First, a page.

Although it clocks in at a trim 85 minutes, debuting filmmaker Julie Davis's I Love You, Don't Touch Me! seems longer than the rough cut of Titanic. It's not a result of weak storytelling, static visuals or inept editing. Brought in for an astounding $64,000, the independently made romantic comedy is coherently structured, and it's easier on the eyes and ears than its marginal budget would indicate. Moreover, the question posed by the screenplay-is there a point at which innocence becomes a liability?-is an interesting one.

What makes I Love You, Don't Touch Me! an ordeal to sit through is Davis' relentless focus on a protagonist who is so off-putting, one would as soon see her struck by lightning at the movie's end as achieve her goal of romantic closure with the man of her dreams. The character in question is Katie (Maria Schaffel), a 25-year-old, aspiring singer-songwriter from Los Angeles whose unattached state is the bane of her existence. Sexually frustrated, but determined to hang onto her virginity until she meets her Mr. Right, Katie sees herself as a defender of the highest romantic ideals in an age of shallowness and promiscuity.

But the Katie the viewer sees is a repressed, selfish, hostile young woman whose self-absorption has rendered her oblivious to the insensitive way she treats others. When her best friend Elizabeth (Nancy Sorel) gets engaged, Katie is too busy feeling sorry for herself to offer congratulations, and her contempt for her sexually active girlfriends is corrosive. Even worse is Katie's treatment of Ben (Mitchell Whitfield), her constant companion. Though she knows that he's in love with her, Katie's not physically attracted to Ben and sees nothing wrong in rubbing his nose in it.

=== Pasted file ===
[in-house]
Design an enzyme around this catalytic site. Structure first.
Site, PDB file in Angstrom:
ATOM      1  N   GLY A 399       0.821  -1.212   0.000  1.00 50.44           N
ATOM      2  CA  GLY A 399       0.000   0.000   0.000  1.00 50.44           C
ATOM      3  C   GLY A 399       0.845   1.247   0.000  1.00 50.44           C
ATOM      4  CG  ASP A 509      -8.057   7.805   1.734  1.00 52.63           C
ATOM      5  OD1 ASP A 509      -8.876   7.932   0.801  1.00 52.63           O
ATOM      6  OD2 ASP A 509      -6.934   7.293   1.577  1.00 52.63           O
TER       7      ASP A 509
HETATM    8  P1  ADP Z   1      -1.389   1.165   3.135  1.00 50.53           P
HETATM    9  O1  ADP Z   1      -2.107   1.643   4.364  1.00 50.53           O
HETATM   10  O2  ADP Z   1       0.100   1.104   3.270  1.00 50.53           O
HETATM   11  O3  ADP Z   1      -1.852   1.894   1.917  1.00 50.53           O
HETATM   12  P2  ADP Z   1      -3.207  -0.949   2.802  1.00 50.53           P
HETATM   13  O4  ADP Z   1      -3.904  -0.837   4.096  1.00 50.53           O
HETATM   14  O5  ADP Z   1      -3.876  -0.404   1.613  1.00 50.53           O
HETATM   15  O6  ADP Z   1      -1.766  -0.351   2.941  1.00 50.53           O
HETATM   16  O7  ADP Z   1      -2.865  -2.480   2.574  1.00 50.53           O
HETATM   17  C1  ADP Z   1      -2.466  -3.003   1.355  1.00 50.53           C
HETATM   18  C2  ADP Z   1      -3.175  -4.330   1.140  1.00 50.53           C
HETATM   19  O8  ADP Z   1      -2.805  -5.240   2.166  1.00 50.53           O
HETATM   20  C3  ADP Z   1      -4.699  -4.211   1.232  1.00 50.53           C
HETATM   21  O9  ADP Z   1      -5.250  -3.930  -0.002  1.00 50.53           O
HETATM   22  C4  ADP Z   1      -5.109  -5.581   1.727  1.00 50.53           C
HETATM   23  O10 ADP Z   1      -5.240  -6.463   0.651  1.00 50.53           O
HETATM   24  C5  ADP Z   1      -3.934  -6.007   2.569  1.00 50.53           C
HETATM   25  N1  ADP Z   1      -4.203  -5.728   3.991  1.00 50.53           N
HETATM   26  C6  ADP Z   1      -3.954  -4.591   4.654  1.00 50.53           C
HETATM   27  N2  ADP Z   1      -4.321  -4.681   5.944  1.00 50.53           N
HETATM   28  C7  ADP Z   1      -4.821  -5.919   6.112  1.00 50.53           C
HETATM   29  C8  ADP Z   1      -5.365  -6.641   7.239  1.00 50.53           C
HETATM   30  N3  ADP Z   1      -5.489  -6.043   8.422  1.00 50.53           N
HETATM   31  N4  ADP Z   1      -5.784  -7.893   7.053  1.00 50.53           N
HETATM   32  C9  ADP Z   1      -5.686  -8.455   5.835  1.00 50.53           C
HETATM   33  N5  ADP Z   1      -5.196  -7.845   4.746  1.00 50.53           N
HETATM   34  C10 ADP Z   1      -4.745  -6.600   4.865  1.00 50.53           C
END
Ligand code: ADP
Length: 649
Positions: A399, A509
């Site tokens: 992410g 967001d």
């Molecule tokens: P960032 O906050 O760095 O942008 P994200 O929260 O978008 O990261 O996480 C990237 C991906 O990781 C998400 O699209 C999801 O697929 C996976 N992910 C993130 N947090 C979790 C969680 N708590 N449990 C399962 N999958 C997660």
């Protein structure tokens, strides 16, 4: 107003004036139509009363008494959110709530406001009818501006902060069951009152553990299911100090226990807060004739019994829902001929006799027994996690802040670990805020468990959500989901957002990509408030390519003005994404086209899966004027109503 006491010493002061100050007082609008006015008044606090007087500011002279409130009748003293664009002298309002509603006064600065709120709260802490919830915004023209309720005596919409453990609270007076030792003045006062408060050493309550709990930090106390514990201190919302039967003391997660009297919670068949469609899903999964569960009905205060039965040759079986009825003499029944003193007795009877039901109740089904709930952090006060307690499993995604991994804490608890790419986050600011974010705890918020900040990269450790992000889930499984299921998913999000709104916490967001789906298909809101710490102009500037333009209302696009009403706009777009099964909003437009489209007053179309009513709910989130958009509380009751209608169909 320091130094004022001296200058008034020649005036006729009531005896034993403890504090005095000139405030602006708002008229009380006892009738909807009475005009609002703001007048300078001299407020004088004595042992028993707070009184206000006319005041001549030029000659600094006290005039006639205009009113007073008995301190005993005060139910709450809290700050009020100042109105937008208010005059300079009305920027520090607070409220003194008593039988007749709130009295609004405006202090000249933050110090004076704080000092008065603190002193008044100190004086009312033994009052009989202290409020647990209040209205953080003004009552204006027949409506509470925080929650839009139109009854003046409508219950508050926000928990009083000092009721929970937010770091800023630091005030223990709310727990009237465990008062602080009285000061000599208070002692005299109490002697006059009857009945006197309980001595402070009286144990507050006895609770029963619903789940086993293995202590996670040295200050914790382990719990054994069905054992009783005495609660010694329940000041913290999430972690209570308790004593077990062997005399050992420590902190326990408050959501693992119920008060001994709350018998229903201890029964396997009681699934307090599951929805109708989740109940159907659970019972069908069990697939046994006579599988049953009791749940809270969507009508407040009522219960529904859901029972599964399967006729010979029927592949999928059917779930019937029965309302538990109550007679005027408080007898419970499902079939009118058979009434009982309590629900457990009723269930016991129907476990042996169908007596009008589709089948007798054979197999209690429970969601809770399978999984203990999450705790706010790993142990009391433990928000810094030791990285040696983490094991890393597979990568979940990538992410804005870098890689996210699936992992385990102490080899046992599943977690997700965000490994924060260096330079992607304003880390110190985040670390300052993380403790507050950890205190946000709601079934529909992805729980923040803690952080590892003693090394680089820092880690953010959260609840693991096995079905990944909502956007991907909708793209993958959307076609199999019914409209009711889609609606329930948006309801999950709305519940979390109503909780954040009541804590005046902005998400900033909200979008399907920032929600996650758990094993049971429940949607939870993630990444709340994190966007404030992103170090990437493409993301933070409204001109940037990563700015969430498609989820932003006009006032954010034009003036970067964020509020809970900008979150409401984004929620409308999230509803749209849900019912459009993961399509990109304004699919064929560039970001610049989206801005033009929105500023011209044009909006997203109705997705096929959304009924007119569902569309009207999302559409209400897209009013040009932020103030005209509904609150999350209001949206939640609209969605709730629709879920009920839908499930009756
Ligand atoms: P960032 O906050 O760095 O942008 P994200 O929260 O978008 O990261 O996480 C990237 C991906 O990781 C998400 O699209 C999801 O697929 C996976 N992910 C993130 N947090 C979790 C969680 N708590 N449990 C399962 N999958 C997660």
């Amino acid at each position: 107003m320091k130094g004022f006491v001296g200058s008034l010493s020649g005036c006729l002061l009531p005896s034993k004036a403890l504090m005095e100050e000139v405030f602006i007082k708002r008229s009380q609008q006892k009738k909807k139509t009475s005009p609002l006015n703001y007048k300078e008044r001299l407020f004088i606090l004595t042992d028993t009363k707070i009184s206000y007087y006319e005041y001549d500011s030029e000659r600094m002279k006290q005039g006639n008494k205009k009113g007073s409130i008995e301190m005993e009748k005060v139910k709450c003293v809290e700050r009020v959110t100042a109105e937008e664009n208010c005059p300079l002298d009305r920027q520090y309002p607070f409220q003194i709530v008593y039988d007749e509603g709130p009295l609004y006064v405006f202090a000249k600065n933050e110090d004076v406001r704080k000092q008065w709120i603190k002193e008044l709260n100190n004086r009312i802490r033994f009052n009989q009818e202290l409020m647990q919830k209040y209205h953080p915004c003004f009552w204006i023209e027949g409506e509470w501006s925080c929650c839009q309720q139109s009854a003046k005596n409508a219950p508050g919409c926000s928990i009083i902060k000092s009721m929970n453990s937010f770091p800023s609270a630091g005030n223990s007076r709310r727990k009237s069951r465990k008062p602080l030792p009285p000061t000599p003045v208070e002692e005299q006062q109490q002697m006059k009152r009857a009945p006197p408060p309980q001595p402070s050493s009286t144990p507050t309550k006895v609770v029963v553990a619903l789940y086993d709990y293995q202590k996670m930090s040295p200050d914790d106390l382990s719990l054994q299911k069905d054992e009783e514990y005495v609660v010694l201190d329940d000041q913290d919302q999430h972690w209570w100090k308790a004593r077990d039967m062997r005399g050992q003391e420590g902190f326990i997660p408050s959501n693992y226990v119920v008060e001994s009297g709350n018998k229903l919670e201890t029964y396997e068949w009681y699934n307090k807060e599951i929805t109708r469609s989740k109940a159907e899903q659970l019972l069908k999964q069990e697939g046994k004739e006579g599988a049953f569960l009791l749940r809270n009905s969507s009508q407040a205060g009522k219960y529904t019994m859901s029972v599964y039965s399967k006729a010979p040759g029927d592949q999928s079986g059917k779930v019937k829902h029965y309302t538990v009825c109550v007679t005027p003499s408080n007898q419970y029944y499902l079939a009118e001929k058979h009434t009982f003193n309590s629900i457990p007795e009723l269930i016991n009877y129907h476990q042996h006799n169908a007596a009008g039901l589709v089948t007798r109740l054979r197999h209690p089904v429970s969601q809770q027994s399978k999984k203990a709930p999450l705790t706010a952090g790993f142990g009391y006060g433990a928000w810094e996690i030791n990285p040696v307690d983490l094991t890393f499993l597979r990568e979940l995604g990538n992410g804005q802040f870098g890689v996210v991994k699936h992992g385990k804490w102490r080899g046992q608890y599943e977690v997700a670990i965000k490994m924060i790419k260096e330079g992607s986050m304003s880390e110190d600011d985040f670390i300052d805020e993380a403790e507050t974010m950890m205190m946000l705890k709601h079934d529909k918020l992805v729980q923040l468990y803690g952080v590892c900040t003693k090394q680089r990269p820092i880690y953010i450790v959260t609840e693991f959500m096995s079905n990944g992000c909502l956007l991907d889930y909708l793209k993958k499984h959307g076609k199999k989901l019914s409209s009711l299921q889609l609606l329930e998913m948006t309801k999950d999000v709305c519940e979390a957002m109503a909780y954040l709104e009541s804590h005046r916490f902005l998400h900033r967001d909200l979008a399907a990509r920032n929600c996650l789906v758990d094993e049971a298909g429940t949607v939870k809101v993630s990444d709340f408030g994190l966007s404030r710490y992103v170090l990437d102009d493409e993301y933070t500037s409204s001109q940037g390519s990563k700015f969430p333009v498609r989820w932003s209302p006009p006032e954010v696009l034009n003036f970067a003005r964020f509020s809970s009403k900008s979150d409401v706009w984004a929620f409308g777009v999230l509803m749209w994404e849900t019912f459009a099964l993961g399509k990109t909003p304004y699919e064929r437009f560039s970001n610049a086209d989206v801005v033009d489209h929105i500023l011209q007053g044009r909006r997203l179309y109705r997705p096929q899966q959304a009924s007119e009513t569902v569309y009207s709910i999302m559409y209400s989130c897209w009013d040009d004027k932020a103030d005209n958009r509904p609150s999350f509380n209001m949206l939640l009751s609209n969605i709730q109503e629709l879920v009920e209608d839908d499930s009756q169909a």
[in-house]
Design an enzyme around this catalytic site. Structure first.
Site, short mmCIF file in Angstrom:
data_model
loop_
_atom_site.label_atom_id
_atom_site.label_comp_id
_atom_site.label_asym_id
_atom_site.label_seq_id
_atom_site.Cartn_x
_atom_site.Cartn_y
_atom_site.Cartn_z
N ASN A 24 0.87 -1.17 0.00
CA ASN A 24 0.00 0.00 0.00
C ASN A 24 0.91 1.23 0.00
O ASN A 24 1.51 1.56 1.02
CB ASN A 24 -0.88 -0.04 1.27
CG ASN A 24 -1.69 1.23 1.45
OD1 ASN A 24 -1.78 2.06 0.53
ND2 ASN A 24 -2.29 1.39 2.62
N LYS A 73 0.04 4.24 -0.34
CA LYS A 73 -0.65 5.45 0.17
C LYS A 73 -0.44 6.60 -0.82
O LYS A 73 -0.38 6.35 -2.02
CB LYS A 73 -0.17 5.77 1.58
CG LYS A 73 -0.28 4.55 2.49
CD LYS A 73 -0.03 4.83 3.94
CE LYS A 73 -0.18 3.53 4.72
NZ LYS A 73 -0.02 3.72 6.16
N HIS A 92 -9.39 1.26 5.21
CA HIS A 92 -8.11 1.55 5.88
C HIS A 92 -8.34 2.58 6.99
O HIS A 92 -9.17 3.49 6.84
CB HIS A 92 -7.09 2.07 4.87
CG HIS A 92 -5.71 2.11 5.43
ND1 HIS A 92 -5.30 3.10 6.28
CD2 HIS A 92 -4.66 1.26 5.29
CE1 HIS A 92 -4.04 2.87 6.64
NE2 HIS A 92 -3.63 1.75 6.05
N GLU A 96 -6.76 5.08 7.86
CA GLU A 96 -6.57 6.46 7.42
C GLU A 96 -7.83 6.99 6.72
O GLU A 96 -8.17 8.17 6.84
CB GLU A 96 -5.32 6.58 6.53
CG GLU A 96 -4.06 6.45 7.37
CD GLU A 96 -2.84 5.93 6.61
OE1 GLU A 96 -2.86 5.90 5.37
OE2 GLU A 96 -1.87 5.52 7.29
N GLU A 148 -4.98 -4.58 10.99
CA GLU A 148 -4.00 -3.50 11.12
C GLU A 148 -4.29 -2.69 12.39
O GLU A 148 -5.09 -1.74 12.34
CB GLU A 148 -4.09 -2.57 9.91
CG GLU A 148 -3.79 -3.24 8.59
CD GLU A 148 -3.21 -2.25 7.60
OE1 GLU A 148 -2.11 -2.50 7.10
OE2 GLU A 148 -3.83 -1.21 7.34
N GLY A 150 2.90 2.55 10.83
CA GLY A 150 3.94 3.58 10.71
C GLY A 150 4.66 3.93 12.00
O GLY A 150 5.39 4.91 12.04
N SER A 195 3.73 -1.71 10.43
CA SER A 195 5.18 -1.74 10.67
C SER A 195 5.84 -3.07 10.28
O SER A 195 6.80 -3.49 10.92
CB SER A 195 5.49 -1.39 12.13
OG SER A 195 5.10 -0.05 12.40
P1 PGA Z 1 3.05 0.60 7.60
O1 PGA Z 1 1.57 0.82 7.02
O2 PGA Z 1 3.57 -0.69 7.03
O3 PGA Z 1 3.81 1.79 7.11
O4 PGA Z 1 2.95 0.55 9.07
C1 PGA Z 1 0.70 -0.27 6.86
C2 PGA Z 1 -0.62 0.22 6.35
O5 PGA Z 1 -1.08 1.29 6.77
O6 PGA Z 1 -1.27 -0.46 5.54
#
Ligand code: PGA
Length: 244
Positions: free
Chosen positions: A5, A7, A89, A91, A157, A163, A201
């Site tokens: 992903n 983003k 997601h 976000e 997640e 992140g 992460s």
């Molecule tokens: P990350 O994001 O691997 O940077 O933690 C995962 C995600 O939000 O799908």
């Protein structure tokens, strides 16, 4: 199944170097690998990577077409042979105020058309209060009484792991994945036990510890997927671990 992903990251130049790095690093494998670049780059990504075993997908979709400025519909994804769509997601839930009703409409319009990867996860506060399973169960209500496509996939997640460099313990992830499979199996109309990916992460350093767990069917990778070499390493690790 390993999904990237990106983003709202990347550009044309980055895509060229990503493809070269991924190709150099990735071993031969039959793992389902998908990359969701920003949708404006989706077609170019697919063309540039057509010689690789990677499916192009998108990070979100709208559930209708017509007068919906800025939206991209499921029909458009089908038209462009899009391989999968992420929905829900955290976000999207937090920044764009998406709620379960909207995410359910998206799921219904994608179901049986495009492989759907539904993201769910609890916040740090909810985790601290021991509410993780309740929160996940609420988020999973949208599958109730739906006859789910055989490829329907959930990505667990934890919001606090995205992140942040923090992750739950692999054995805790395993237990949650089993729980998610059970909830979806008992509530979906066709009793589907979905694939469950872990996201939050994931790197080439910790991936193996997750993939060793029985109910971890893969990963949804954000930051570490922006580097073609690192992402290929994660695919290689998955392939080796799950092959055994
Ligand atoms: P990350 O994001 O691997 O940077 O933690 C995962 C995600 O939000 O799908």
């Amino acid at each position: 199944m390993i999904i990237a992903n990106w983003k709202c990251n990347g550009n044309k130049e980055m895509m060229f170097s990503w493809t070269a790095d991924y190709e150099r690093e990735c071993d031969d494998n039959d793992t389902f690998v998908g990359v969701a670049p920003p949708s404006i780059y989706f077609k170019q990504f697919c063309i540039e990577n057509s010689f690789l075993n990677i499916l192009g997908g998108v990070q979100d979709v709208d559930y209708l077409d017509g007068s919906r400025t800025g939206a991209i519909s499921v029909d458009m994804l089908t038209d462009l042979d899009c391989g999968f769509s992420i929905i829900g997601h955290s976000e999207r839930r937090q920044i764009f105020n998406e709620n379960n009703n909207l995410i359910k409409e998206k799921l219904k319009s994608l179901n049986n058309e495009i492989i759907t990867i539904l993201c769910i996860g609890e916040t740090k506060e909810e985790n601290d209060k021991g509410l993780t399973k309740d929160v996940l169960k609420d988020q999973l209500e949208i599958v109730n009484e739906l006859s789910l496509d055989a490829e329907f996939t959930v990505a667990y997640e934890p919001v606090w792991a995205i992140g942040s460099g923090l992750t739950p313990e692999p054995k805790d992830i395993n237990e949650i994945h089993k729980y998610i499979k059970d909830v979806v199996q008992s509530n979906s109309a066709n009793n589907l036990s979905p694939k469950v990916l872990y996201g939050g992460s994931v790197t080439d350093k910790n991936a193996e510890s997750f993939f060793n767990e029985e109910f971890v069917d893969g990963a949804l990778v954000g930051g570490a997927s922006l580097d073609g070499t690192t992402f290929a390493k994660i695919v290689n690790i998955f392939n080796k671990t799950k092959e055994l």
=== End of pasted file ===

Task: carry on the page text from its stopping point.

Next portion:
Katie's comeuppance appears in the form of Richard (Michael Harris), an older, successful composer whom she meets cute when she rams her car into the back of his Ferrari. Too inexperienced to recognize that Richard has no interest in a committed relationship, Katie sleeps with him, then proceeds to make all the wrong moves. Furious and heartbroken when she finds him with someone else, Katie turns to Ben, finally realizing that he's the man for her. 'Who'd have thought,' muses Katie in the film's final moments, 'I'd wind up with a slightly overweight man with a receding hairline?' How's that for true romance?

Clearly, Katie is meant to be a lovable neurotic of the Woody Allen school whose naive ideas and disastrous choices evoke rueful, comic shocks of recognition. But Davis has miscalculated the effect of Katie's values and behavior. Despite Schaffel's assured performance and impressive singing voice-the musical-theatre actress, whose credits include Broadway's Les Miserables, makes her film debut here-the character is too self-centered and unkind to generate empathy. And Davis and Schaffel have made Katie's lack of interest in Ben sufficiently convincing that her last-minute recognition of him as 'the one' is near-impossible to swallow.

Whitfield (My Cousin Vinny, the upcoming Best Men) as Ben, Harris (Suture) as the composer boyfriend, and Meredith Scott Lynn as Janet, a friend of Katie's who temporarily hooks up with Ben, provide okay support; Jane Ford's original songs sound as if they've been written by Katie; and cinematographer Mark Putnam gives the L.A. locations an appropriately glossy look. I Love You, Don't Touch Me! shows Davis to be a filmmaker of some potential, if she can learn to get a handle on her characters.

--Bob Satuloff